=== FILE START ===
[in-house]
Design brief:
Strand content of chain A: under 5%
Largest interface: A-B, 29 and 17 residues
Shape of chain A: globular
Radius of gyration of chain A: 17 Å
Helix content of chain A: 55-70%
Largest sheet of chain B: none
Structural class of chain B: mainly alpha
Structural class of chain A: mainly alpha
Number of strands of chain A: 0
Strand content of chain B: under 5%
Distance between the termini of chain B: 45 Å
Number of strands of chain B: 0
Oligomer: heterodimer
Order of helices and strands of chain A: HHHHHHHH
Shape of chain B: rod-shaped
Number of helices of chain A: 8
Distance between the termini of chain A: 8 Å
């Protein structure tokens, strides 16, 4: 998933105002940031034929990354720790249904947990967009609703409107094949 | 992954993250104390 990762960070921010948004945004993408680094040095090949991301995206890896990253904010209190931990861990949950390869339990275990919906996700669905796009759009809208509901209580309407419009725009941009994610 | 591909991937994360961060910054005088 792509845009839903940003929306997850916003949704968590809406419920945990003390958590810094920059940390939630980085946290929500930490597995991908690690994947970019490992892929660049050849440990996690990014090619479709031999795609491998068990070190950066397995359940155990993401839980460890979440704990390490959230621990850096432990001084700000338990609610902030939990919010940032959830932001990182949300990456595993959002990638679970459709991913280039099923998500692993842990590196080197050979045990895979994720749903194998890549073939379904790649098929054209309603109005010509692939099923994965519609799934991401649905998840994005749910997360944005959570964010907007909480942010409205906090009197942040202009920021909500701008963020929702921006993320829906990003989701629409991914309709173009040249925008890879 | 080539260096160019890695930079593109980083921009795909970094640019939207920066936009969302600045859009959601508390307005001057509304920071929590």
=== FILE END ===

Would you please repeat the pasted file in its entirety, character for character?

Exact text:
[in-house]
Design brief:
Strand content of chain A: under 5%
Largest interface: A-B, 29 and 17 residues
Shape of chain A: globular
Radius of gyration of chain A: 17 Å
Helix content of chain A: 55-70%
Largest sheet of chain B: none
Structural class of chain B: mainly alpha
Structural class of chain A: mainly alpha
Number of strands of chain A: 0
Strand content of chain B: under 5%
Distance between the termini of chain B: 45 Å
Number of strands of chain B: 0
Oligomer: heterodimer
Order of helices and strands of chain A: HHHHHHHH
Shape of chain B: rod-shaped
Number of helices of chain A: 8
Distance between the termini of chain A: 8 Å
């Protein structure tokens, strides 16, 4: 998933105002940031034929990354720790249904947990967009609703409107094949 | 992954993250104390 990762960070921010948004945004993408680094040095090949991301995206890896990253904010209190931990861990949950390869339990275990919906996700669905796009759009809208509901209580309407419009725009941009994610 | 591909991937994360961060910054005088 792509845009839903940003929306997850916003949704968590809406419920945990003390958590810094920059940390939630980085946290929500930490597995991908690690994947970019490992892929660049050849440990996690990014090619479709031999795609491998068990070190950066397995359940155990993401839980460890979440704990390490959230621990850096432990001084700000338990609610902030939990919010940032959830932001990182949300990456595993959002990638679970459709991913280039099923998500692993842990590196080197050979045990895979994720749903194998890549073939379904790649098929054209309603109005010509692939099923994965519609799934991401649905998840994005749910997360944005959570964010907007909480942010409205906090009197942040202009920021909500701008963020929702921006993320829906990003989701629409991914309709173009040249925008890879 | 080539260096160019890695930079593109980083921009795909970094640019939207920066936009969302600045859009959601508390307005001057509304920071929590």